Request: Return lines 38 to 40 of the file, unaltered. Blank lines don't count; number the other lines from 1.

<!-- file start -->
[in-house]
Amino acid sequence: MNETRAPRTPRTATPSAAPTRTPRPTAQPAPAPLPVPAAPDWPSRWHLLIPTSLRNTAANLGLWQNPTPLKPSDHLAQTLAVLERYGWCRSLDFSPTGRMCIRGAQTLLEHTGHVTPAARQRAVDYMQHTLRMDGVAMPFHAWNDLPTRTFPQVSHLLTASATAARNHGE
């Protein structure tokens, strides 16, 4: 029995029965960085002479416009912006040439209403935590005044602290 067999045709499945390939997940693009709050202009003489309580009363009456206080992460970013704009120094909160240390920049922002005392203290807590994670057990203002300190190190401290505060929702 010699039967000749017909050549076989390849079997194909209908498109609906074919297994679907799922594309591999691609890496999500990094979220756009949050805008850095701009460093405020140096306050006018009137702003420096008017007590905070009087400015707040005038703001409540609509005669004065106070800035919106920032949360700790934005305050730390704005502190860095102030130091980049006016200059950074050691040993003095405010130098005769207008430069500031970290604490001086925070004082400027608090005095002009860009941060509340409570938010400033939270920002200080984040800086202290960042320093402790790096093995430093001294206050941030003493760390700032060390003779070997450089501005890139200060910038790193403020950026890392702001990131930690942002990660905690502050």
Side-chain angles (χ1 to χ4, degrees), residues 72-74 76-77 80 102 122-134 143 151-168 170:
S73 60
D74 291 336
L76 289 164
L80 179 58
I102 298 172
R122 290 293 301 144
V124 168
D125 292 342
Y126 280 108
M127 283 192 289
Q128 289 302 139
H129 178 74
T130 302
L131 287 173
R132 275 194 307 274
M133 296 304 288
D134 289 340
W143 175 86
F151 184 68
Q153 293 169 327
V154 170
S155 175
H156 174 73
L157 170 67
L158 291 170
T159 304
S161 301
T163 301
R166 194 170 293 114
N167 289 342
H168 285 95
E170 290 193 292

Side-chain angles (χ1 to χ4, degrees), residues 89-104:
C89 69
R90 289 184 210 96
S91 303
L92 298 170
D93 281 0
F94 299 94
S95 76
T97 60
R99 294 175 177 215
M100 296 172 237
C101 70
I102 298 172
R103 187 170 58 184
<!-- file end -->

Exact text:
C89 69
R90 289 184 210 96
S91 303